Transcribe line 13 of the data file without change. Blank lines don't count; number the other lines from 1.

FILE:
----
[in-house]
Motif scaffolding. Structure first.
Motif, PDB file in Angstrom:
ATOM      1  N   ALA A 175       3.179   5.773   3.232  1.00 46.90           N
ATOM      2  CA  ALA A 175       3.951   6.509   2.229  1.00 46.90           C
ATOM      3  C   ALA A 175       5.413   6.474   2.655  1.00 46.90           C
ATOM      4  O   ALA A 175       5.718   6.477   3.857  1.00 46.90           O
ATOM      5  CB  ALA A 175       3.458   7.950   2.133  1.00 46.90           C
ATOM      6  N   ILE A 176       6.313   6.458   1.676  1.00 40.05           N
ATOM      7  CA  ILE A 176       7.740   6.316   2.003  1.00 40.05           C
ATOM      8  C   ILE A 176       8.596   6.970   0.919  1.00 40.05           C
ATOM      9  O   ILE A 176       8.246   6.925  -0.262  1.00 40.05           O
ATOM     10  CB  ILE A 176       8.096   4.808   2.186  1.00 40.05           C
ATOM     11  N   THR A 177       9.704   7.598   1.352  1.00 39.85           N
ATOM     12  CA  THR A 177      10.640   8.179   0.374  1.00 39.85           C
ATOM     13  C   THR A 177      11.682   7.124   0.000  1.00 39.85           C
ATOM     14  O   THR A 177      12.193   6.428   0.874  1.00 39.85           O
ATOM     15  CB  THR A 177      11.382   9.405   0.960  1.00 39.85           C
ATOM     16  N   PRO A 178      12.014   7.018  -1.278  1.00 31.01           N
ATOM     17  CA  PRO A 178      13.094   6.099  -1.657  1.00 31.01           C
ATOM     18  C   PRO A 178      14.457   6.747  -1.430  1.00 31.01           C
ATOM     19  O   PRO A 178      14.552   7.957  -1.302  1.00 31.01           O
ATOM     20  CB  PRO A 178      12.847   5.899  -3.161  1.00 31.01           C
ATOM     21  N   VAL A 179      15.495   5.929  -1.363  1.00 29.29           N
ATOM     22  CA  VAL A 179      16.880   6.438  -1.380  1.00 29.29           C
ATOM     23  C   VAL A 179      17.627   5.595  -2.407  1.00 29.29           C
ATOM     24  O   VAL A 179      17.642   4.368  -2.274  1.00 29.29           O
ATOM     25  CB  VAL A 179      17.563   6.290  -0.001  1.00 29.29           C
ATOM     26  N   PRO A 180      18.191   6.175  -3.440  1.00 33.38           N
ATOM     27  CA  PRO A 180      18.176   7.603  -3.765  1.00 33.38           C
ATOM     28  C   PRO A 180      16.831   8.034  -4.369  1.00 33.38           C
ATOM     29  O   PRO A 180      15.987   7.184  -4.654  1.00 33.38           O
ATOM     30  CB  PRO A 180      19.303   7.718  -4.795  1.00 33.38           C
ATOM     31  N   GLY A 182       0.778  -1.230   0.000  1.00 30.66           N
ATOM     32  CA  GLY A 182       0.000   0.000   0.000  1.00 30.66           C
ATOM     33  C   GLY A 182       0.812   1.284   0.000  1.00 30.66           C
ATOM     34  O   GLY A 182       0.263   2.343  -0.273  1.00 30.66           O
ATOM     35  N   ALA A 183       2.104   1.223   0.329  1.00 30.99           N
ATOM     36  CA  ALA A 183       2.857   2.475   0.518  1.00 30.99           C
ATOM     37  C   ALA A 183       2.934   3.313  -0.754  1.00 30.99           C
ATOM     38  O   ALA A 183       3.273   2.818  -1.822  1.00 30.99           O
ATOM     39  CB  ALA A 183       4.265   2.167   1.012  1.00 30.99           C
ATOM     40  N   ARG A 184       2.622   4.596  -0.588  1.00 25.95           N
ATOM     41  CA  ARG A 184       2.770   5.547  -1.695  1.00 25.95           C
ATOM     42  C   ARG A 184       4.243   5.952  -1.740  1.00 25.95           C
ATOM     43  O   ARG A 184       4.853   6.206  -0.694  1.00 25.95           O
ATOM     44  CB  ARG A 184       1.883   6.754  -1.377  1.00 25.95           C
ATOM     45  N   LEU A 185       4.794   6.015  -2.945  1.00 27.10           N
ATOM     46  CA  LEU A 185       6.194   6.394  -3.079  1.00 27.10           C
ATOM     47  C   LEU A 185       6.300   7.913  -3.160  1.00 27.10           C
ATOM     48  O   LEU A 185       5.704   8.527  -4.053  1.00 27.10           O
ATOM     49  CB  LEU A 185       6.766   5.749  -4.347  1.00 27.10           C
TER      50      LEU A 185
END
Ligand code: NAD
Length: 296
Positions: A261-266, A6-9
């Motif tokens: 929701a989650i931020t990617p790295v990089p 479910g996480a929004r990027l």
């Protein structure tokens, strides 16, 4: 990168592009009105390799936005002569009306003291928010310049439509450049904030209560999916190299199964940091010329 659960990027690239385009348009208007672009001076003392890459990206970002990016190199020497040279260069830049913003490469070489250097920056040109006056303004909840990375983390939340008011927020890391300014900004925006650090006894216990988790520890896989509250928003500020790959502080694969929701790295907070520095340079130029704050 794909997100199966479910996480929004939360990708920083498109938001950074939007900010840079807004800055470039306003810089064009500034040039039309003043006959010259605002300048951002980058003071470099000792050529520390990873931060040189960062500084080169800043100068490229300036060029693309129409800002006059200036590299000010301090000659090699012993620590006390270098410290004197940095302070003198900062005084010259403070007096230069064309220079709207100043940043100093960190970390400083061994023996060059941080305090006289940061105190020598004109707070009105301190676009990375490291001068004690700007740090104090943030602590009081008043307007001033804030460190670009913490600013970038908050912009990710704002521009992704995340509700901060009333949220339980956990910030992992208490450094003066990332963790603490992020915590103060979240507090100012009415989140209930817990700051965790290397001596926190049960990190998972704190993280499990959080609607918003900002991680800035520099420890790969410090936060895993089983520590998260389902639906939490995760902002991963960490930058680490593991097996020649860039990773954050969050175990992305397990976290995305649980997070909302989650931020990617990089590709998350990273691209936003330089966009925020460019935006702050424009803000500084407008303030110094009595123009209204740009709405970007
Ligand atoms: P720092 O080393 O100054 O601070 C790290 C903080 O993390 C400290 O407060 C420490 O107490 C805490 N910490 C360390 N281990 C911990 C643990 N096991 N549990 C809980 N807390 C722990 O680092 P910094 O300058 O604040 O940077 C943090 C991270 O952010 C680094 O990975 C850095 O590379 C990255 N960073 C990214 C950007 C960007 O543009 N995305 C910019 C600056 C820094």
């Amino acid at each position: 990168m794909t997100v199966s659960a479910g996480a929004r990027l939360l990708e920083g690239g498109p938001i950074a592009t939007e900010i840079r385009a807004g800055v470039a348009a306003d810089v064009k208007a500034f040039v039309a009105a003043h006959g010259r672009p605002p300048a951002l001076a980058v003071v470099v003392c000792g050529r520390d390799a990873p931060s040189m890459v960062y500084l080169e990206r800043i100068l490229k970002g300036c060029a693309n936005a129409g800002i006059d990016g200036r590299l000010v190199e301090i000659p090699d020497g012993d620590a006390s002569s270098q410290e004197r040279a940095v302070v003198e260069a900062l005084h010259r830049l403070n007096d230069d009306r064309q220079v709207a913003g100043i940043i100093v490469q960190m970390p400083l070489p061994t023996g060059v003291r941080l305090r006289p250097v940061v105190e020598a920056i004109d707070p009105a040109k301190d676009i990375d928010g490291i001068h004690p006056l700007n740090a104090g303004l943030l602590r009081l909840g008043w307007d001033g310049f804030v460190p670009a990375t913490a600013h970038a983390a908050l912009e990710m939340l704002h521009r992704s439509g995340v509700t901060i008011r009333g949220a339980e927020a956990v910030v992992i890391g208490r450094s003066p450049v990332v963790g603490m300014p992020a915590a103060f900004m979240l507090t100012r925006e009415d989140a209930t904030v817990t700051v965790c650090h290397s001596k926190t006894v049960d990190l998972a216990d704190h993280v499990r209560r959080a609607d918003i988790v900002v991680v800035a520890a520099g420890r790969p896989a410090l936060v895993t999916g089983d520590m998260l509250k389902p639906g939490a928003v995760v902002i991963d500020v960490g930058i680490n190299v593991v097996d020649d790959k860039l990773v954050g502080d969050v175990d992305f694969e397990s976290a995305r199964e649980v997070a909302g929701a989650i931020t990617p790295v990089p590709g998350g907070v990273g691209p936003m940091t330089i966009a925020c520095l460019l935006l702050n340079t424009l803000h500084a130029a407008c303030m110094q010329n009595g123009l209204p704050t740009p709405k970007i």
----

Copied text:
ATOM     10  CB  ILE A 176       8.096   4.808   2.186  1.00 40.05           C